r1lark

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About r1lark

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    http://www.studebakerskytop.com

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  1. Matt, good to hear your damage was relatively minor. Unfortunately a lot of people didn't come out so lucky, we are still praying for them..
  2. These are not my parts, don't know anything about them other than seeing the Craigslist ad this morning. Ad says 1936 Studebaker parts $200: https://greenville.craigslist.org/pts/d/1936-studebaker-parts/6634303068.html
  3. Dale, I have not been on the computer much since early this week. I was shocked when looking at this thread today -- what fantastic progress you have made!! My hat is off to you!
  4. r1lark

    Differential Pig

    I've heard the drop-out center sections called "hogsheads", so a pig is similar. And if you look at them from the side, they do look like a hog or pig's head.
  5. r1lark

    Summer of Exploration

    Glad to hear you have overcome that issue. Good looking car, nothing better than driving around in an old car!
  6. r1lark

    Oozing glue

    I use 3M Adhesive Cleaner p/n 08984 for cleaning upholstory adheisive. Rub gently, and it's always best to try the cleaner on an area that can't be seen first to make sure there won't be any adverse effects.
  7. Nick/Jake, good to see you sold this one. Looked like a really decent car from the pics you had posted.
  8. Updating an older car is a slippery slope, isn't it? But you are doing a great job, and as I've mentioned before this is one of my favorite threads because you plan on driving this car (more than just to the weekly cruise-in and back). The fans look good. I have not had any experience with late '40s/early '50s MoPars, although I admire them for their engineering and their practical styling. Anyway, I was surprised at the shape of the radiator. Never seen one shaped like that, very unique.
  9. That's really slick, Dale. Thanks for posting the pics. My Dad had one something like that, but was much older (probably from the late 1940s), came from the old dealership. We never used it at home, didn't really have anything to spot weld.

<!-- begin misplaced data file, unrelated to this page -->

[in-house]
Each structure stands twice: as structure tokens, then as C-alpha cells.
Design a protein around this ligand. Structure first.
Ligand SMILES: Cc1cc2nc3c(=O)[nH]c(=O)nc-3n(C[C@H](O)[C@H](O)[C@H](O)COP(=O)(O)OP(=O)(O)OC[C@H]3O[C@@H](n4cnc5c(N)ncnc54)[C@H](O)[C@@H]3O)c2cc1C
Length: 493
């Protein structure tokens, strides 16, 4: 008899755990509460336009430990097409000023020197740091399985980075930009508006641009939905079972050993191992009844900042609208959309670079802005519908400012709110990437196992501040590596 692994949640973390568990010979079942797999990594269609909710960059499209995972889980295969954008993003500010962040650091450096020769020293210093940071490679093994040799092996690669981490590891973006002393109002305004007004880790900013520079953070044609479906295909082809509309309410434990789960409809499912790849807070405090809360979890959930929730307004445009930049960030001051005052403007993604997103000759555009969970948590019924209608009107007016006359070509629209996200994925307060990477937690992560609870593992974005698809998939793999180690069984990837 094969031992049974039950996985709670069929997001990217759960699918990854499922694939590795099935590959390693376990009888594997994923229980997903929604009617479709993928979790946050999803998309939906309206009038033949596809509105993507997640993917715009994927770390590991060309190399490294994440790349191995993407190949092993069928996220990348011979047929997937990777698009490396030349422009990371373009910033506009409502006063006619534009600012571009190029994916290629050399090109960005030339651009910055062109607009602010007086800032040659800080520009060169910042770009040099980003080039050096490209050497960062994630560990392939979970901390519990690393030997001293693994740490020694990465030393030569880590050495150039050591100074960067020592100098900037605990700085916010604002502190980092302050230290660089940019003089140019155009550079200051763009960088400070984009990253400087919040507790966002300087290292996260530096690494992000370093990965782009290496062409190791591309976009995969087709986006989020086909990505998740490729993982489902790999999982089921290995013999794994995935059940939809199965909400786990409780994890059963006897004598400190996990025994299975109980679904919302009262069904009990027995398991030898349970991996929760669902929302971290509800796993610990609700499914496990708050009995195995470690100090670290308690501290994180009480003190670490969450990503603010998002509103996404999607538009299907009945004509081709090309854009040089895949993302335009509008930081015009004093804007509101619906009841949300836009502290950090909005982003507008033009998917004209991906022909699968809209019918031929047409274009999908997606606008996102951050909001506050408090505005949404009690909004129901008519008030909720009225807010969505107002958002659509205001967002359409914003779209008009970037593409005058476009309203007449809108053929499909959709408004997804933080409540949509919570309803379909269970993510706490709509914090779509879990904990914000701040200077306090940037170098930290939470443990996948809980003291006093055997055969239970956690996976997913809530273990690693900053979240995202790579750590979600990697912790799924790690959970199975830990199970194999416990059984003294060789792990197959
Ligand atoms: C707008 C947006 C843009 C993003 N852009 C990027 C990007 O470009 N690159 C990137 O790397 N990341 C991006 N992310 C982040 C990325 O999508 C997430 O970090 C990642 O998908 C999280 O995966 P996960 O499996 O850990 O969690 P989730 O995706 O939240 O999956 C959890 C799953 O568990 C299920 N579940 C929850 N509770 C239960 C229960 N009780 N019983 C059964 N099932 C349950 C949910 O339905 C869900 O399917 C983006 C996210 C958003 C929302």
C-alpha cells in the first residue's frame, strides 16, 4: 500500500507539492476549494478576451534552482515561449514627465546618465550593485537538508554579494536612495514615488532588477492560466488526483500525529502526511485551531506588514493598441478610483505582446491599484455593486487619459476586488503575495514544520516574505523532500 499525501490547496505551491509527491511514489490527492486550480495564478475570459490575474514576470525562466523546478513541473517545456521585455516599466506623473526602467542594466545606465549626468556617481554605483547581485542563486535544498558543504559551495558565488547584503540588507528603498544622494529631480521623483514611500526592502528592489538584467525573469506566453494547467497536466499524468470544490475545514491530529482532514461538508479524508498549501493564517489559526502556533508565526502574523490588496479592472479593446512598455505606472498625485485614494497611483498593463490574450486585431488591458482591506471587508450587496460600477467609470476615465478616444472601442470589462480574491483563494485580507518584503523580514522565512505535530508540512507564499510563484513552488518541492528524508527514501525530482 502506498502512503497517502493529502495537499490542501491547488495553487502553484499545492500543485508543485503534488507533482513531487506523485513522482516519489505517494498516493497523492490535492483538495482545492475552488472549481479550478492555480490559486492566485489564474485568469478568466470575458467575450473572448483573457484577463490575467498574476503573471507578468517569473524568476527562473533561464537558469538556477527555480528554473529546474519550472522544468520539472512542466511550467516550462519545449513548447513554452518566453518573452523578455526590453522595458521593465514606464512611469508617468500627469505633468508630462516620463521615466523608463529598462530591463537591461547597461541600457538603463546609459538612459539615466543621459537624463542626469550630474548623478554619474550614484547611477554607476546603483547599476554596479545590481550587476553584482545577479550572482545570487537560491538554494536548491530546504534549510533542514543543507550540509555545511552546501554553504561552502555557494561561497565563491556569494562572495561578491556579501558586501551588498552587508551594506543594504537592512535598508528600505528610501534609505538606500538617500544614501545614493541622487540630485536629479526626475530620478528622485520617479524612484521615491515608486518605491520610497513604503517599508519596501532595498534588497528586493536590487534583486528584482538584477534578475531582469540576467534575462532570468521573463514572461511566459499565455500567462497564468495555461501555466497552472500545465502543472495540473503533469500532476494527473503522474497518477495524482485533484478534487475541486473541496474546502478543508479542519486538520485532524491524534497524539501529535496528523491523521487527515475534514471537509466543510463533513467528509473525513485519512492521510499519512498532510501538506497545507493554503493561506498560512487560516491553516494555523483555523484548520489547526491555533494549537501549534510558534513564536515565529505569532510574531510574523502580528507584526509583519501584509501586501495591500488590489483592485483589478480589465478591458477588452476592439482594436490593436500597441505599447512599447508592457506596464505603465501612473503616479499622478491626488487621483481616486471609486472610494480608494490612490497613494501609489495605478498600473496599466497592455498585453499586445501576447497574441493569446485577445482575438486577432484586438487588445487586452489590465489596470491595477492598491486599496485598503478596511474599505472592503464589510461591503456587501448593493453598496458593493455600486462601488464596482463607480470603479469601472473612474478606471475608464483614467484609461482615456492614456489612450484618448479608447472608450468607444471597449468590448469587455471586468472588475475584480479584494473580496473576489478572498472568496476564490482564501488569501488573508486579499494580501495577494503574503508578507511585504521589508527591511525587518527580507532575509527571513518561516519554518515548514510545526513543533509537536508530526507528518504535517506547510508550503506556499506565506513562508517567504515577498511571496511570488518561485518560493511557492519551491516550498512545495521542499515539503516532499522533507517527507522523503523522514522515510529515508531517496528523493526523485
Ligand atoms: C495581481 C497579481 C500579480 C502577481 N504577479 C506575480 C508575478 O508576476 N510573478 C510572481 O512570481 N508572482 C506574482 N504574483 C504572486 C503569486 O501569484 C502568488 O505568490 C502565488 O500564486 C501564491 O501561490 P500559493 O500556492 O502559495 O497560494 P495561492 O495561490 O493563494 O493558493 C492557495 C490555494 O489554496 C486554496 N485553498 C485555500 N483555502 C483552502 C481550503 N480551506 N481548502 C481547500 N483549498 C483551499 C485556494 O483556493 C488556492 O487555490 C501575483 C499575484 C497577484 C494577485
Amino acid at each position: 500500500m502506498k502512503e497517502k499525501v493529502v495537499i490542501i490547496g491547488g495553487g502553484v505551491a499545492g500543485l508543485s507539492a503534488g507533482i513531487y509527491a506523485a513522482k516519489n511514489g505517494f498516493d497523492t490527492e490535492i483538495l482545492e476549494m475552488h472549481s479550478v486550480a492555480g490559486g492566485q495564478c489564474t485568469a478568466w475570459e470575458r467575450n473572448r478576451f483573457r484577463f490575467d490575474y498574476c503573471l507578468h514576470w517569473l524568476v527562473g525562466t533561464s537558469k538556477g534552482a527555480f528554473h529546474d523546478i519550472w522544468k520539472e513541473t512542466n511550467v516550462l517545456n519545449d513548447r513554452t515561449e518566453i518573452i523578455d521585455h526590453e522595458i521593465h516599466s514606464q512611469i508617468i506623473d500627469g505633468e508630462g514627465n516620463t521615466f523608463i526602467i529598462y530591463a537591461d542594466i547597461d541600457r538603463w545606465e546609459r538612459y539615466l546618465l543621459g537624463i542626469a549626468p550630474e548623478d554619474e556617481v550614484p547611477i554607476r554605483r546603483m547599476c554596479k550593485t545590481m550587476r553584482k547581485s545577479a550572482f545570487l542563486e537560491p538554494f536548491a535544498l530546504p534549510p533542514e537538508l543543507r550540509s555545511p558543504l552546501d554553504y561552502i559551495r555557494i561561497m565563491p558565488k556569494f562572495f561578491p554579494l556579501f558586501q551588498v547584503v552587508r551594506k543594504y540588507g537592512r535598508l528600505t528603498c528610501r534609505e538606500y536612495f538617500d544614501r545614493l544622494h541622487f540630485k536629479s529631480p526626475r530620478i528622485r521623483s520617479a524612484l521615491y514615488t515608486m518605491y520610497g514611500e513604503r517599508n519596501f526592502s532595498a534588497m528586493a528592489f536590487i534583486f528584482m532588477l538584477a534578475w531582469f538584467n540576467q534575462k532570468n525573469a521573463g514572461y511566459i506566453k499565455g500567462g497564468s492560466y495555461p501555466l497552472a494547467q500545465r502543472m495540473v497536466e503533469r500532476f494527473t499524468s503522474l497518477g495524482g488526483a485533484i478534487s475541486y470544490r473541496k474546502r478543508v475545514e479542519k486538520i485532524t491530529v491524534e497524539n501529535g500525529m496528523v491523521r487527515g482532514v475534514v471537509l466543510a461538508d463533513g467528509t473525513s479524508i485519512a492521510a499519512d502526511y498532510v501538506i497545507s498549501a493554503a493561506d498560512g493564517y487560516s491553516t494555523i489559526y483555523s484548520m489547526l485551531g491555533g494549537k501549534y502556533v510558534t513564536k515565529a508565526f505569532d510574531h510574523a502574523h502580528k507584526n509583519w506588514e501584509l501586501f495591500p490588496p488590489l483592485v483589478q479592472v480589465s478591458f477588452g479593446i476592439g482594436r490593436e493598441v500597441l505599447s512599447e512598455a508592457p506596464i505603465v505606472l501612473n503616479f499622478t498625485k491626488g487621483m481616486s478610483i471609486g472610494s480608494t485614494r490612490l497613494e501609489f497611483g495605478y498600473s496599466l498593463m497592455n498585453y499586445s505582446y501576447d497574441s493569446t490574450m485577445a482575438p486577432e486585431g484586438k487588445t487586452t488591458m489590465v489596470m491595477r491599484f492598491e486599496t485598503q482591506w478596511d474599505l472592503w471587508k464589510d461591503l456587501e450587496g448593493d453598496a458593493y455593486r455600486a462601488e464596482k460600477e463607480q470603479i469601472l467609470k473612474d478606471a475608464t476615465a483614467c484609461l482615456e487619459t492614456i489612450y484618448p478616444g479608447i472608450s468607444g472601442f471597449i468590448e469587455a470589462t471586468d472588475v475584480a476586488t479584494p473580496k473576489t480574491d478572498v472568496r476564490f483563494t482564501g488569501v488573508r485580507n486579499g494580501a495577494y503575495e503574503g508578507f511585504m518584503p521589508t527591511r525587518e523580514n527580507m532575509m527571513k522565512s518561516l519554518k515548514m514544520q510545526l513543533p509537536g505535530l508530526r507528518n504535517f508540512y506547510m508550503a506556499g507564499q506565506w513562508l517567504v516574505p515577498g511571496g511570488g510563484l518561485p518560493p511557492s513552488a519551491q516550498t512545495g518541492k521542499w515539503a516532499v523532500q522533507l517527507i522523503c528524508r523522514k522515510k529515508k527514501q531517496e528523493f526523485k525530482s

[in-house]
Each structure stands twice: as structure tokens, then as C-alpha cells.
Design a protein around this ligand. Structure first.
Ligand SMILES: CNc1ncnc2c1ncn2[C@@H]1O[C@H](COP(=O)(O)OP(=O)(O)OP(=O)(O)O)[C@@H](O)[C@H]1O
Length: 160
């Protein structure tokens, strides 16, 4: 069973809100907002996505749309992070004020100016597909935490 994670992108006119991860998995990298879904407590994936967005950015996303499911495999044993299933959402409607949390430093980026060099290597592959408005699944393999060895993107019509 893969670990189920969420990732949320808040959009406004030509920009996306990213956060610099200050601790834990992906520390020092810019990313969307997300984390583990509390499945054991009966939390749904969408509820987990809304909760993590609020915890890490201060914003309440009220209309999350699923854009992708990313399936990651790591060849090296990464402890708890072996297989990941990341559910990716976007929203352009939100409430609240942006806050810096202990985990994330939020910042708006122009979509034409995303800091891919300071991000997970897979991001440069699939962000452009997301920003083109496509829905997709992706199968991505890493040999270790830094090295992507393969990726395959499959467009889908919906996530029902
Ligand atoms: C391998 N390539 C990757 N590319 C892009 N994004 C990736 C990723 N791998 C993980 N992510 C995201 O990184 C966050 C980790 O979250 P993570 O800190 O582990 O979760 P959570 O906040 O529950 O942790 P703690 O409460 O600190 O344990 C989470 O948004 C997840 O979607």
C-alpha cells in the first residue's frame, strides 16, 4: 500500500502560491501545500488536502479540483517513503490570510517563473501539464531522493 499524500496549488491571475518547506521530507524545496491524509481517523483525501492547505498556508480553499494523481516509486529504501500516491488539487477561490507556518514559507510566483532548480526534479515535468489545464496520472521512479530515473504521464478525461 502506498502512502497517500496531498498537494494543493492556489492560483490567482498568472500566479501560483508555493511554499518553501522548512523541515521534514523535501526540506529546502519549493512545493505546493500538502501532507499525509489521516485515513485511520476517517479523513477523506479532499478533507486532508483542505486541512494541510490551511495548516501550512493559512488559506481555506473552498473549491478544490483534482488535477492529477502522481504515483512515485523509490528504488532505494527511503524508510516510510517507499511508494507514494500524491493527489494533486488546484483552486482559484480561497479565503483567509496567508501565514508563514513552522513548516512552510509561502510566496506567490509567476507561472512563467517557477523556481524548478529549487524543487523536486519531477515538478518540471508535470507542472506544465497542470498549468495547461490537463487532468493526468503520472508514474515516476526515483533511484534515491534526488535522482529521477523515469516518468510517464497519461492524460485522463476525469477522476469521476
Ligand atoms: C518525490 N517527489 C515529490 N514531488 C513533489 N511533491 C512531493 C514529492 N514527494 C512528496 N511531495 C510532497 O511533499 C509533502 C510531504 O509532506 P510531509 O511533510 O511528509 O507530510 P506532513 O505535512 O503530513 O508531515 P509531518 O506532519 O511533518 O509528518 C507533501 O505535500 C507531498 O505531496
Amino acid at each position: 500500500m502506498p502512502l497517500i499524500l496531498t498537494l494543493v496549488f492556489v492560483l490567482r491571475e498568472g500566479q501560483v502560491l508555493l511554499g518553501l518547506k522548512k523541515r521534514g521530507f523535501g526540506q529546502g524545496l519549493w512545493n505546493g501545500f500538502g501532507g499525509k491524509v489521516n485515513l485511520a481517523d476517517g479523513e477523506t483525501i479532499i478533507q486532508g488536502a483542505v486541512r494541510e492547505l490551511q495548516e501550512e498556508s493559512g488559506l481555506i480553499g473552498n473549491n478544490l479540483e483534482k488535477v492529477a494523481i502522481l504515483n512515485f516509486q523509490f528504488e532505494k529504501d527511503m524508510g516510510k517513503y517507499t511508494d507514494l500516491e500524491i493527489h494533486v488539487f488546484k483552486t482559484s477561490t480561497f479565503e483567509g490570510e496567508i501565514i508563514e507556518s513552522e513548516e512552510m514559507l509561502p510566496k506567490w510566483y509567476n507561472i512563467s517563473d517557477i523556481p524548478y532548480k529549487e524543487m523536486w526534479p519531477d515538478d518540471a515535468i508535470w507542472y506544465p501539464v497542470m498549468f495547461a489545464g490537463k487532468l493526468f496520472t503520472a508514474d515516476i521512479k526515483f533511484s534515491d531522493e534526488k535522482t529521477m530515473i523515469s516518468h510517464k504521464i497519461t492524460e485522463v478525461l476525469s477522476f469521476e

10. Good progress Dale. Can you post a picture of the spot welder you are using? Looks like it peeking out of the lower right corner of the last pic in post #205 but can't see much of it.
  11. r1lark

    1922 Fiat 501 Targa Florio

    Seats look beautiful Bernie. Thinking back to the pics you posted of the fabricated seat frames.........how does your trimmer fabricate the seat back and bottoms? Are they basically just foam, or does he use a more 'traditional' method of springs covered with burlap and then foam (or batting) on top of the burlap?
  12. r1lark

    1922 Fiat 501 Targa Florio

    I believe I'll stick around too.
  13. r1lark

    1922 Fiat 501 Targa Florio

    Good to hear you are progressing along with the body frame Bernie. We will wait patiently until you are ready to 'unveil' it via pictures. Based on the other bodies you have built, I have no doubt the wait will be worth it! By the way, it looks like Ron Covell, who is a metal shaper of some reputation in the USA, still utilizes oxy-acetylene welding: https://www.hotrod.com/articles/oxy-acetylene-welding-101/
  14. r1lark

    1913 Abbott Detroit Speedster Valuation

    Here is another thread from a few years ago, likely the same car: http://forums.aaca.org/topic/202233-1913-abbott-detroit-speedster/ I had to look up some info on Abbott-Detroit, found these sites: American Automobiles: http://www.american-automobiles.com/Abbott-Detroit.html Another site that has several pictures of Abbott-Detroits in a Speedster configuration, maybe one of these might be the car being asked about?? https://myntransportblog.wordpress.com/tag/abbott-detroit/?iframe=true&preview=true/feed/
  15. r1lark

    1922 Fiat 501 Targa Florio

    I've heard of people using old coat hangers to torch weld, but figured that was sort of an 'old wives tale'. But, I'm sure at least a couple of folks will comment that they used to use coat hangers 'back in the day'.